I will be perfectly frank about how I use the TF7 in the studio. After I design my patch, I will then set up the keypad and make some experimental chord progressions. I record a take and then chop it into a long loop...usually 16-64 bars. Due to the very unusual pad layout, square matrix...I set the root note and the scale. Again, this takes some patience because there is no drop down menu. So once the scale is set, I lock the matrix to full screen and let my fingers find harmonic patterns. There are three aftertouch settings...whammy, full tone and vibrato. I like the whammy because it feels more expressive...the full tone and vibrato do what they say they are supposed to...but the truth is I would love to see more control available in this area of the app.

Another way I use TF7 is to send MIDI in via the midiSequencer app...that way once I lock down my sequence I can proceed to make more delicate fine tuning on the patch. In FM synthesis, these fine tunings can lead to gradually dramatic changes in timbre.


The biggest crime when it comes to TF7 is not in getting the IAP's. If Pier gives you the introduction for free and you think you like it, do everyone a solid and support the independent developer. Most people don't talk about the Pro Pack or the expanded algorithms and it is a veritable treasure trove of timbres.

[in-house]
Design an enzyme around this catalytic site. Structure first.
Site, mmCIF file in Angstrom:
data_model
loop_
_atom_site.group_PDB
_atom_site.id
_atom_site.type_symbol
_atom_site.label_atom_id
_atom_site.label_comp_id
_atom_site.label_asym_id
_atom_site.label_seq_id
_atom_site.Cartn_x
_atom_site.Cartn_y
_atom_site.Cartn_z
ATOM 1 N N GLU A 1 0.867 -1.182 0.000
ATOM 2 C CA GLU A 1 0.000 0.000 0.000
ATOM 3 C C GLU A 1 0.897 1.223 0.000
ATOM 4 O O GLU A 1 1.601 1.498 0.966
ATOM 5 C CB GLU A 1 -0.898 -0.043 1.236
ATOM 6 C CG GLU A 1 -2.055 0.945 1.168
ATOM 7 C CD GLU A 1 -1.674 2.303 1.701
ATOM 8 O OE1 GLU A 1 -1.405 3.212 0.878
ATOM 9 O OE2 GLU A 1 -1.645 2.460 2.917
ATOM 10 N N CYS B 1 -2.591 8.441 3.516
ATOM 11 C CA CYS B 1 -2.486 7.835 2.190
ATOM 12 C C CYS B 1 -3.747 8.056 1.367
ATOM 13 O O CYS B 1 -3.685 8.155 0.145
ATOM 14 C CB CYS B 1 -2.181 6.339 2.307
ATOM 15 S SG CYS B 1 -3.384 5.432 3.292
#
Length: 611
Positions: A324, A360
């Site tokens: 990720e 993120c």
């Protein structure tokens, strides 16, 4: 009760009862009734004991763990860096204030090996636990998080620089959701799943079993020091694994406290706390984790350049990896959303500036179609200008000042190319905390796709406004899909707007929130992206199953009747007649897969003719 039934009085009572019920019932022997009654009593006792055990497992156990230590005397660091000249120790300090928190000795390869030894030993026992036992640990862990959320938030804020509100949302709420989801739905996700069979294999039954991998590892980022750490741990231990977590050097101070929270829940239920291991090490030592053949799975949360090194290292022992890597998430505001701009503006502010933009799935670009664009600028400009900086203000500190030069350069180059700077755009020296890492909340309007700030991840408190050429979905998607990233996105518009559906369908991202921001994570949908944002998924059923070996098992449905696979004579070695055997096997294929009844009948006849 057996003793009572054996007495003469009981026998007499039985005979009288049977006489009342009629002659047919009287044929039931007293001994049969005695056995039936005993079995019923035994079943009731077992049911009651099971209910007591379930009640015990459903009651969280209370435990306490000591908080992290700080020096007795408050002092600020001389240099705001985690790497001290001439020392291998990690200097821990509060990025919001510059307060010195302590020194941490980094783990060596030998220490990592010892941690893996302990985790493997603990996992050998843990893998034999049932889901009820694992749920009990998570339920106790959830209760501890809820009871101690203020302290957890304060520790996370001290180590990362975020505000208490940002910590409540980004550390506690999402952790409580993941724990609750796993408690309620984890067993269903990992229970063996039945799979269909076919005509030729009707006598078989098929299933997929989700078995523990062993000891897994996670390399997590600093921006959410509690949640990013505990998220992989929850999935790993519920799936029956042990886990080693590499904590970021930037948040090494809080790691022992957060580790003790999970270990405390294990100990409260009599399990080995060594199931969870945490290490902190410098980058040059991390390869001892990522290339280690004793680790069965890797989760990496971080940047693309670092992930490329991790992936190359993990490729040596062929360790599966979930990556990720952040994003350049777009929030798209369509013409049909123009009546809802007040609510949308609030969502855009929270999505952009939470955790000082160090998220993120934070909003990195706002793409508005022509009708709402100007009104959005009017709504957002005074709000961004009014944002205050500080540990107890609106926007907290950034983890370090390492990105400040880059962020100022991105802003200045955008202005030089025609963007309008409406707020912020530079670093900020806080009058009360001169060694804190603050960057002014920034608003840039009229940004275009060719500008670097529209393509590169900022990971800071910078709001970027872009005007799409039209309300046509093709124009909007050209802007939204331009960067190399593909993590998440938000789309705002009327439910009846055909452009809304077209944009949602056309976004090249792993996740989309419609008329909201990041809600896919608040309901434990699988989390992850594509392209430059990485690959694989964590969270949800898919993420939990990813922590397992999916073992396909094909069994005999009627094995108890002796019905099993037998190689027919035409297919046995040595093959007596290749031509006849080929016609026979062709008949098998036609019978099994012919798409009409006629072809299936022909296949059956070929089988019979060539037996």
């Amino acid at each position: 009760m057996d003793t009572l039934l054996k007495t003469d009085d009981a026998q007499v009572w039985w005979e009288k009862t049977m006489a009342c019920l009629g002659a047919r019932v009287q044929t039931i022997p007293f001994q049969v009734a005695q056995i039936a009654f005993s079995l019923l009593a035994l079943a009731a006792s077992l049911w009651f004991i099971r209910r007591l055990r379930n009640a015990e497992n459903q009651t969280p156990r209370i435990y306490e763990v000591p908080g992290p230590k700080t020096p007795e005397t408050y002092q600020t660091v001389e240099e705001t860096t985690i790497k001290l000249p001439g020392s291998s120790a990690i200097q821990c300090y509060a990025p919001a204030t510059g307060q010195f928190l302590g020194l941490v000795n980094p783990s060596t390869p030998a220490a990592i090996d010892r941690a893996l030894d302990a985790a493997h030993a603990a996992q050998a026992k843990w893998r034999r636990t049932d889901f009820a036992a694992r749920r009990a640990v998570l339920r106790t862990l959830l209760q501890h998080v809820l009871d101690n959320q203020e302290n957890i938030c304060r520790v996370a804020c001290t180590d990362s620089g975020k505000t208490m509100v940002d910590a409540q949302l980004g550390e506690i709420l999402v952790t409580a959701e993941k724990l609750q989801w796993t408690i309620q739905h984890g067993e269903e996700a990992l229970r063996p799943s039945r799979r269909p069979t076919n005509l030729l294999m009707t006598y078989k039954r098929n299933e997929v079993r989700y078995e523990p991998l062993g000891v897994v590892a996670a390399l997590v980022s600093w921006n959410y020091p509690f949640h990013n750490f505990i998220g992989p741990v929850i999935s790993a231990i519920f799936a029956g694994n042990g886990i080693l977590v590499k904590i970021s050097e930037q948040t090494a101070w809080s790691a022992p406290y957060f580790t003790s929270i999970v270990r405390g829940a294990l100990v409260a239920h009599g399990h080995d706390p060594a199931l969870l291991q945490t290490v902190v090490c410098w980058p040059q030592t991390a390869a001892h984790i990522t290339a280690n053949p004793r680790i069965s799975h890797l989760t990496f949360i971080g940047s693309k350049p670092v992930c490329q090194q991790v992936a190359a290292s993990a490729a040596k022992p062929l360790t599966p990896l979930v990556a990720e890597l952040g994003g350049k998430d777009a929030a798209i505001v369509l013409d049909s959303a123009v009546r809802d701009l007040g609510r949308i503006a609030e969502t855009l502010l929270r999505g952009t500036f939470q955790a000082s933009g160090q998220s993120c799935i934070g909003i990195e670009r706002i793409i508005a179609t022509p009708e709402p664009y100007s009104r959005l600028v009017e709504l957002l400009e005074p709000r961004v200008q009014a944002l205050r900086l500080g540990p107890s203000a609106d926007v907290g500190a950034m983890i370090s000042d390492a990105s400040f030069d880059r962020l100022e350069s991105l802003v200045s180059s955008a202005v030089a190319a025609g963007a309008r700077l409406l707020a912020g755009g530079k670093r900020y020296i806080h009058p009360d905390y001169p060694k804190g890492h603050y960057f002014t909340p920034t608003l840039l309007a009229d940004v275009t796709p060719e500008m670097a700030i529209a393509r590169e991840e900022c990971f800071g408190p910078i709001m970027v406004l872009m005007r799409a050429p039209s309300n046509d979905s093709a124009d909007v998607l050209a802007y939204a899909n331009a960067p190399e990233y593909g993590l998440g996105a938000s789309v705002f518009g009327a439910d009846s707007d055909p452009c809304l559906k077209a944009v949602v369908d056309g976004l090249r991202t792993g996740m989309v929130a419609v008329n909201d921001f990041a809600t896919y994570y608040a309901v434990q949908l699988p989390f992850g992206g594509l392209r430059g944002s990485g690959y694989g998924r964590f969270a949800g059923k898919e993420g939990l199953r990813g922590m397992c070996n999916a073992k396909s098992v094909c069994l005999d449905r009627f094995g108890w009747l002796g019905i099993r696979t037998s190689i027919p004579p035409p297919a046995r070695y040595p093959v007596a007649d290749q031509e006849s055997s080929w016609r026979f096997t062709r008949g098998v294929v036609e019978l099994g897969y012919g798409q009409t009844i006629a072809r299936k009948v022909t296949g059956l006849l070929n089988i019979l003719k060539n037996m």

With the In App Purchases, TF7 transforms itself from a tame demonstration of how FM synthesis can happen on the iPad into this monstrosity synth that has no problem with pads, percs, soundscapes and all manner of synthesis that was almost forgotten in favor of new school analog timbres and wavetables. I am a fan of all kinds of synthesis...but this is some really, really special. Believe me 39 algorithms is unheard of on any platform, hardware or software.

The effects could be optimized and need deeper code...lacking clear BPM controls or dry/wet settings...along with being unable to order which effect comes first...but hey...most of them can be replicated with other apps with audiobus...for instance I often nix the stereo reverb and use the AUFX:Space or AltiSpace plugin...and if its pads then the Crystalline app is more than happy to give the lush sheen I am looking for.

So in short I cannot recommend it highly enough. My hardware samplers adore this app. I love how it sounds in the mix. I not only recommend it, but I would be more than happy to support its future development. The IAP's are fairly priced and when you realize that your iPad can easily outpace a DX7 at the tiniest of prices it makes sense to give this developer your full support (as long as he continues to find ways to optimize his code for iPad 2, grrrr.)

If you're thinking about picking up TF7, please consider clicking through our App Store link below. Thanks!

TF7 Synth (AppStore Link) TF7 Synth
Developer: Pier Lim
Rated: 4+2.5
Price: Free Download